Understanding internal clocks could help night shift workers remain more alert while on duty.

Shift work has long been associated with impaired alertness and performance, which can lead to poor staff health and increased workplace errors.

In a study led by the Alertness CRC, researchers examined 52 nursing and medical staff in an intensive care unit at Austin Health in Victoria as they worked on a variety of shifts – day, evening, and night.

They found that understanding the individual timing of a worker’s body clock can help them maintain alertness during night shift.

The study evaluated sleep and wake duration between the workers’ shifts using wrist activity monitors, and unsurprisingly showed the amount of sleep obtained during the day between night shifts was shorter than most people require.

An additional significant finding was that working early morning shifts was also associated with a considerable reduction in sleep.

“We found that in rotating shift workers, early day shifts could be associated with similar sleep loss to night shifts, particularly when scheduled immediately following an evening shift,” Dr Sletten said.

“This is important to consider when designing shift schedules to optimise the sleep, alertness and the wellbeing of staff in any industry.”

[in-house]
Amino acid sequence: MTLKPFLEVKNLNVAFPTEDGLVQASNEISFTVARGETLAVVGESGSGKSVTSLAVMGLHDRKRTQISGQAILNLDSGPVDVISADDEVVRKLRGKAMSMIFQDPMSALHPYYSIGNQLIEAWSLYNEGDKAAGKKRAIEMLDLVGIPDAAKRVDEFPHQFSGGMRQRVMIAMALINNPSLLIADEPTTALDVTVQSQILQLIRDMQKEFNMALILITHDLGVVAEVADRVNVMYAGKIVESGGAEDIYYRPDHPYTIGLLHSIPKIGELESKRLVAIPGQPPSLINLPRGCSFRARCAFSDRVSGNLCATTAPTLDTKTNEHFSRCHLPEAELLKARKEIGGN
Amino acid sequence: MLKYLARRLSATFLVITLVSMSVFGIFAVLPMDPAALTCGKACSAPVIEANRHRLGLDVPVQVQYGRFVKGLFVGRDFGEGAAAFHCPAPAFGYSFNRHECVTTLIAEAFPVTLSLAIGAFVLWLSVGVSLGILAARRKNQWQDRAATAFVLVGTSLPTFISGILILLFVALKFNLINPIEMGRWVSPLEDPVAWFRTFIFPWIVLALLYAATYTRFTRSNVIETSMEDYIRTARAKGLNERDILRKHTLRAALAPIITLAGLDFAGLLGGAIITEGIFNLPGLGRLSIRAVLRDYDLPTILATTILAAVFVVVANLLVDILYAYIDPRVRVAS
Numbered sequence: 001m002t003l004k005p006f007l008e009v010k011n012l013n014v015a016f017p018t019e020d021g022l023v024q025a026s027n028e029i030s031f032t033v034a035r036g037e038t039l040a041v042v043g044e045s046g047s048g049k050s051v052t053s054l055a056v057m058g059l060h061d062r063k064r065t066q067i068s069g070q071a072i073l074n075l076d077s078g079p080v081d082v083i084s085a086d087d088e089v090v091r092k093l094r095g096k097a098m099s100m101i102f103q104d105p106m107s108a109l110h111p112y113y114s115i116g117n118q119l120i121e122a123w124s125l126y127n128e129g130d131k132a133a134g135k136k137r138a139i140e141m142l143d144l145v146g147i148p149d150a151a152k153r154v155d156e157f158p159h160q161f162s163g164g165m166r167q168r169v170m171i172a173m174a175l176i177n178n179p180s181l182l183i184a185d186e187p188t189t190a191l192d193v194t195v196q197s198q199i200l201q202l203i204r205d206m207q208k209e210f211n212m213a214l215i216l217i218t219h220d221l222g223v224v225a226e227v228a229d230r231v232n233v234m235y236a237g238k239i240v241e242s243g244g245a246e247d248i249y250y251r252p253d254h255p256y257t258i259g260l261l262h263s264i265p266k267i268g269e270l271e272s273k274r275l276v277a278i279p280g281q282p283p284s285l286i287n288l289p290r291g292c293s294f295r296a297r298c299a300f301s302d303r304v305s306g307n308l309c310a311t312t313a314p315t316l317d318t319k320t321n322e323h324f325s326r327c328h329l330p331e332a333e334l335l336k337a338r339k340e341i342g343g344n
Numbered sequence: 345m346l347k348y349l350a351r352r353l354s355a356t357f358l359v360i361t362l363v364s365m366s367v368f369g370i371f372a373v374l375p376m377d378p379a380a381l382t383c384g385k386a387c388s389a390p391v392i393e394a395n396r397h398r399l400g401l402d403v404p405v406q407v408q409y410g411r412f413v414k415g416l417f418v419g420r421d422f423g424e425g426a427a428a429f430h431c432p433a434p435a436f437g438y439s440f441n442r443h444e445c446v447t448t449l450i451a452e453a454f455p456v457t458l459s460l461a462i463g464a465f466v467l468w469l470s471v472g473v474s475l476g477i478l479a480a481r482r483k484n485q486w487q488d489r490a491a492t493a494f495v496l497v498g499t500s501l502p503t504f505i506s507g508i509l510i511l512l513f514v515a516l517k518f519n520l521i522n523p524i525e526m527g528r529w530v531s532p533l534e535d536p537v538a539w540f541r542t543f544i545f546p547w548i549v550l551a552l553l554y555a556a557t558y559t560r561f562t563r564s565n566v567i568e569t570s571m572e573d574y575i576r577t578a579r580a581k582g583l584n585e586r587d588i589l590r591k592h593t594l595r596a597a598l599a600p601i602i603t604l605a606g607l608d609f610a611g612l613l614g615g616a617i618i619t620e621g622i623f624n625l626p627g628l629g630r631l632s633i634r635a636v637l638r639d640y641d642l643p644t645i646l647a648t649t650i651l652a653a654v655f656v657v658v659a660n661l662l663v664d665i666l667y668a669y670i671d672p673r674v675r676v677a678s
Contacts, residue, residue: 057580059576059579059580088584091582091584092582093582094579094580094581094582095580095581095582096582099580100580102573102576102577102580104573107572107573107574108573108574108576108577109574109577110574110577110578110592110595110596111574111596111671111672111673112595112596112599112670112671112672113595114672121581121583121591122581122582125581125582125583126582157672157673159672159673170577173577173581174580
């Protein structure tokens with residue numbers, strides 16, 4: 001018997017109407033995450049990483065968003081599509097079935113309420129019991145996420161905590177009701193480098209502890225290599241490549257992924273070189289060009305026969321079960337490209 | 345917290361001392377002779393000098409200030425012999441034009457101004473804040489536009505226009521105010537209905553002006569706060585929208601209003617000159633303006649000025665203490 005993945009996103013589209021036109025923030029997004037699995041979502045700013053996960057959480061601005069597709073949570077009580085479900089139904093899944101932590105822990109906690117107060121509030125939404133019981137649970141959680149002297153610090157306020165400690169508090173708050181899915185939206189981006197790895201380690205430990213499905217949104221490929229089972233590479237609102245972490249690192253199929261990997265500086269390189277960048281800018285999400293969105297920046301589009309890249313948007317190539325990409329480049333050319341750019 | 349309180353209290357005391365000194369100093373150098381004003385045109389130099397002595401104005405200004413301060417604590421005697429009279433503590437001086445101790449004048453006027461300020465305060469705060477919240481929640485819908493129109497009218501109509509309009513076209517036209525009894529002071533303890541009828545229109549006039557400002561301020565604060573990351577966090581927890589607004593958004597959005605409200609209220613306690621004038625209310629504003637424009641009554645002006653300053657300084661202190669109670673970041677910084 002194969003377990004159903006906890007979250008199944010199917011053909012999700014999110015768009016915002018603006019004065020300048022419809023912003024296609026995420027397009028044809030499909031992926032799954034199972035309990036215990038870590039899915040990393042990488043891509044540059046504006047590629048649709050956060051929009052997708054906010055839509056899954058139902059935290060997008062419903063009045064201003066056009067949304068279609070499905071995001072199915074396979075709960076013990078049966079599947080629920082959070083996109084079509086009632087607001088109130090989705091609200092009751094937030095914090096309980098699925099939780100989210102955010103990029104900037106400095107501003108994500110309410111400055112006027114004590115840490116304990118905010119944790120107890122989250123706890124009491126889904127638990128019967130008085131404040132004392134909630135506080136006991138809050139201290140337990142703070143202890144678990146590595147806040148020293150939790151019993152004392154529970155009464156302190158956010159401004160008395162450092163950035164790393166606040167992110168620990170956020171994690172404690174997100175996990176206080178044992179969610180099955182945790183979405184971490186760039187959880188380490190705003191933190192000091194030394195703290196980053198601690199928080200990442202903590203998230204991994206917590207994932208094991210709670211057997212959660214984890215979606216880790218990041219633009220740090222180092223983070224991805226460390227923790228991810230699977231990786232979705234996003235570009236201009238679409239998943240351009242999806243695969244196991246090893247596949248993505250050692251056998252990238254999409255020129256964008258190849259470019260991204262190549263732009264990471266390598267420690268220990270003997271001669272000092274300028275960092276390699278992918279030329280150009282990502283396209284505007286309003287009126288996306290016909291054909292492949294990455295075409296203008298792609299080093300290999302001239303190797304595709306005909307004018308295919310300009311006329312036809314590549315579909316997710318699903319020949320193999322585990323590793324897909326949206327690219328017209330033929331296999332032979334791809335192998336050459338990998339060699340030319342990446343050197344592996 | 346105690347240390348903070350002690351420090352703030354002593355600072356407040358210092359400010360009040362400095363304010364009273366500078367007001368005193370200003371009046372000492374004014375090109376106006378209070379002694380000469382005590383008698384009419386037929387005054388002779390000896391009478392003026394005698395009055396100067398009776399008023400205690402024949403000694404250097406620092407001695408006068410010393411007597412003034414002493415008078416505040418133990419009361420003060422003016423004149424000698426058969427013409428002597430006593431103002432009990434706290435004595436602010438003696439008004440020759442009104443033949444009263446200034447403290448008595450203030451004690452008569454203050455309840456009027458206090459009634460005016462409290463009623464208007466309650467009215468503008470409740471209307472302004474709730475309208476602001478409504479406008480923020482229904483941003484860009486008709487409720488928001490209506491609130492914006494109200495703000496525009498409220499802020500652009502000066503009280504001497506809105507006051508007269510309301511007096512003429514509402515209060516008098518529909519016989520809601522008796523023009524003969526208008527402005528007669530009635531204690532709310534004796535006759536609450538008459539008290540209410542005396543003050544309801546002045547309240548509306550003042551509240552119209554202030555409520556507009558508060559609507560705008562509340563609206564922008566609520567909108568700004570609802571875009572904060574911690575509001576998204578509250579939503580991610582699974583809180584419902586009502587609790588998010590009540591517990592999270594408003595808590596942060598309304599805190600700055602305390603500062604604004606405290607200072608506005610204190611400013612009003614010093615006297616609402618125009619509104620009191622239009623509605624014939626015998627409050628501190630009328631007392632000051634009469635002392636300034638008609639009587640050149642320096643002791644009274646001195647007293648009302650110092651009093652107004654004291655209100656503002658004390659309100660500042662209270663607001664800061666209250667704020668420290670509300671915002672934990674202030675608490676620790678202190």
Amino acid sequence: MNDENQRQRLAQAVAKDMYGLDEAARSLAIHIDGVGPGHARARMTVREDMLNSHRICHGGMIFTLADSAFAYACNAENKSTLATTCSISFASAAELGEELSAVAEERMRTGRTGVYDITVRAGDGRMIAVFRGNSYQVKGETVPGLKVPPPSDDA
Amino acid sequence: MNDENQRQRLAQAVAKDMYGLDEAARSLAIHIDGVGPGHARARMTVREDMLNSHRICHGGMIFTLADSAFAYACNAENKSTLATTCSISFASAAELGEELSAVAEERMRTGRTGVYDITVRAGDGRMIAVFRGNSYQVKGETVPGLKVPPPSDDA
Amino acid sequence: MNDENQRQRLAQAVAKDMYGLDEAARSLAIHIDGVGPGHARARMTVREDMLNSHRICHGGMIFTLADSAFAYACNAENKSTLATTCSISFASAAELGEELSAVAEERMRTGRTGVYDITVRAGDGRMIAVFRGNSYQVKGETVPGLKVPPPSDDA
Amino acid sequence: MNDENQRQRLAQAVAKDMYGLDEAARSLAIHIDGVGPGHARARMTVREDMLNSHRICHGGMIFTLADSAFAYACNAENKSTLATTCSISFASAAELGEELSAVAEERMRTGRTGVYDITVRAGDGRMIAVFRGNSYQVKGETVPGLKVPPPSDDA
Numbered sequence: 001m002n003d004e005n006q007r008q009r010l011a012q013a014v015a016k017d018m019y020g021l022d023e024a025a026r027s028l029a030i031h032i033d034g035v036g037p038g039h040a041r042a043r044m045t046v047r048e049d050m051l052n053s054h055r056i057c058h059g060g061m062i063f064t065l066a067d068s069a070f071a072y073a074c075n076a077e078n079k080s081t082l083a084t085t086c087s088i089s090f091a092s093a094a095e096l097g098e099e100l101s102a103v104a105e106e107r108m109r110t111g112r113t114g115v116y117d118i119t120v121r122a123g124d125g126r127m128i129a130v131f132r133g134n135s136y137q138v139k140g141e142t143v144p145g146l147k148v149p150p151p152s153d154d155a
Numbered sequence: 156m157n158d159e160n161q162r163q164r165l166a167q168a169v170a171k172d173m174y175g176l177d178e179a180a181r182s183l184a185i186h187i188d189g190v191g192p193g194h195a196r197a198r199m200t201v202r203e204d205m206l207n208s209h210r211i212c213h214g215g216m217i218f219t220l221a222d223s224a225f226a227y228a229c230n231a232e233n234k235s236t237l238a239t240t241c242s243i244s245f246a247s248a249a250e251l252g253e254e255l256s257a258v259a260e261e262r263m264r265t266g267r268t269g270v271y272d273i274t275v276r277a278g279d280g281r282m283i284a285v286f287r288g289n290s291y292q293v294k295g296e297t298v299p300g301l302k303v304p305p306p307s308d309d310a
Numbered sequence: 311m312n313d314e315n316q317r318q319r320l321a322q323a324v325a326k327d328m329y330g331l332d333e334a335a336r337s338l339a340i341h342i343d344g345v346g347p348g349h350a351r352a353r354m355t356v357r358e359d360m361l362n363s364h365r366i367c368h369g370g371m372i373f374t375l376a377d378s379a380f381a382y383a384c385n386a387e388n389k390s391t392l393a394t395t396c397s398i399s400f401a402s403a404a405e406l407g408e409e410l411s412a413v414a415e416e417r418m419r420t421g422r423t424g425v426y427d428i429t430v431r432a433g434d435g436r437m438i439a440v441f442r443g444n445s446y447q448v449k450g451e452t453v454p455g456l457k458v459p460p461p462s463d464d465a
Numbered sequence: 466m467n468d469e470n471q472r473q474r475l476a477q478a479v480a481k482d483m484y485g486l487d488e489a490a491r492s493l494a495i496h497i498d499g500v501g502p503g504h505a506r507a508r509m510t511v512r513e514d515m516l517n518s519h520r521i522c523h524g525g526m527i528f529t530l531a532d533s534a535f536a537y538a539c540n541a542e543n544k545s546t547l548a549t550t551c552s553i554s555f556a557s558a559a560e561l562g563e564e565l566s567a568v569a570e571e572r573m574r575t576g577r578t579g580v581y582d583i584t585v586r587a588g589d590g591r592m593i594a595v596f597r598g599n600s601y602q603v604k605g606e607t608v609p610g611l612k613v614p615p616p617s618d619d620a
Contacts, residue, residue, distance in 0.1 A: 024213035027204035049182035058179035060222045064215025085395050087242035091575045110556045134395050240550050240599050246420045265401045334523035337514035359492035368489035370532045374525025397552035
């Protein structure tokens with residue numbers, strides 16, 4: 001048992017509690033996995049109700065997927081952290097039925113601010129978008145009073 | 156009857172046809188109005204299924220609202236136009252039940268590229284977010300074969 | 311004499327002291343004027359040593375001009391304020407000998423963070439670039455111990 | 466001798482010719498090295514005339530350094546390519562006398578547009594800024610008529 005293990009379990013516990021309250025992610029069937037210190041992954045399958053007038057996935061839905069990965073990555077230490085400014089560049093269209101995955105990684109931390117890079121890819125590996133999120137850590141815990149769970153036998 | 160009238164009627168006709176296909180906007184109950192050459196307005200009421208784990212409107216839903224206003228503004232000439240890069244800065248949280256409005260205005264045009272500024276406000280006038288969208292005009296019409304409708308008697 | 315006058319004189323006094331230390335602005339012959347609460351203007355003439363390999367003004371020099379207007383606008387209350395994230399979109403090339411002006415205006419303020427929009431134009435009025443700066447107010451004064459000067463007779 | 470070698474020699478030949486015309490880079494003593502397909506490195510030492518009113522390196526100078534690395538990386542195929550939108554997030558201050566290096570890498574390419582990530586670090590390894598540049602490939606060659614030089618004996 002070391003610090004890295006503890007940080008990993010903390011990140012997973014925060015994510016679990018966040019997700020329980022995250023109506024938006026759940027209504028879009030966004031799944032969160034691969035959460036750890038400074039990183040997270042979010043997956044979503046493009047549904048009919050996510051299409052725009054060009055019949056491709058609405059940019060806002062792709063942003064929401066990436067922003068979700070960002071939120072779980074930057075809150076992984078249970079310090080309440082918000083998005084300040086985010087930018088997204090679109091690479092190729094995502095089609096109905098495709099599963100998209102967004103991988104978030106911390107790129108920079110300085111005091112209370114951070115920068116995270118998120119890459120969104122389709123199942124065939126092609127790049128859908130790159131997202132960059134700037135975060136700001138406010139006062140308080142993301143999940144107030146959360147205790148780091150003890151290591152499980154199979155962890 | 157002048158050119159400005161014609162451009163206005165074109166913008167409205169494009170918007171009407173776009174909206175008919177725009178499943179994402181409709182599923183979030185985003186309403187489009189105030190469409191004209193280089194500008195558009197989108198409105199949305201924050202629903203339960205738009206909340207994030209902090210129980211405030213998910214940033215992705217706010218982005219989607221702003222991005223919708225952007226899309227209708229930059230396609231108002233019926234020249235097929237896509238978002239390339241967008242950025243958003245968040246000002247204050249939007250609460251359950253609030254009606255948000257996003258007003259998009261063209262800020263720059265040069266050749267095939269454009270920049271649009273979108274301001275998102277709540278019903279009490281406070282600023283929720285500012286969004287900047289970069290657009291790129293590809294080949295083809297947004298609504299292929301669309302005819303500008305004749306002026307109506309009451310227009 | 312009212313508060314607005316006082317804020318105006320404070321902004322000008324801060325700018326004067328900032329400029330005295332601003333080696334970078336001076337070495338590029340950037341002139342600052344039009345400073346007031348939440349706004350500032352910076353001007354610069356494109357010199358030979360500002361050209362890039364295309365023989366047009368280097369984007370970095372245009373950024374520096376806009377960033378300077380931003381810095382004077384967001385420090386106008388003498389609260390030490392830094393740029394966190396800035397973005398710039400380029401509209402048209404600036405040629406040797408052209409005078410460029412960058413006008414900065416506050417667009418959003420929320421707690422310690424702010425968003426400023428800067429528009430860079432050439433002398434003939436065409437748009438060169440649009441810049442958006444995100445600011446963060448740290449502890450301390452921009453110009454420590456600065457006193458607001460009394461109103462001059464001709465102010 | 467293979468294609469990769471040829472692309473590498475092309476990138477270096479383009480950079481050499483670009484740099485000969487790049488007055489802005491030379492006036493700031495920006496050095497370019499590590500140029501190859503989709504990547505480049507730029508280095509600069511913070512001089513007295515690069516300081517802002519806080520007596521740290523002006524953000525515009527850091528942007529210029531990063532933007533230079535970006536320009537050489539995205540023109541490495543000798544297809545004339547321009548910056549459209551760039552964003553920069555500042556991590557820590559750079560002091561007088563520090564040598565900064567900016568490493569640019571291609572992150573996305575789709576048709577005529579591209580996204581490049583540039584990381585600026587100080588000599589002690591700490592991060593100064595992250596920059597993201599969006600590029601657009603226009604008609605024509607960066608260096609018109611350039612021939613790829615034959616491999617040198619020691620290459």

The study also assessed the time course of alertness and performance during day and night shifts, specifically examining whether alertness is most impaired on the first night shift or after working several consecutive nights.

Staff reported their level of sleepiness and completed tests of reaction time and attention during day shift, as well as on the first night shift, and after several consecutive night shifts.

“Workers experienced higher sleepiness and had slower reaction times at the end of night shifts compared to day shift,” Dr Sletten said.

“We can now use this information to inform potential interventions to improve sleep obtained by shift workers. In turn, we hope that this will have a positive impact on the personal health of these workers.”

The study is accessible here.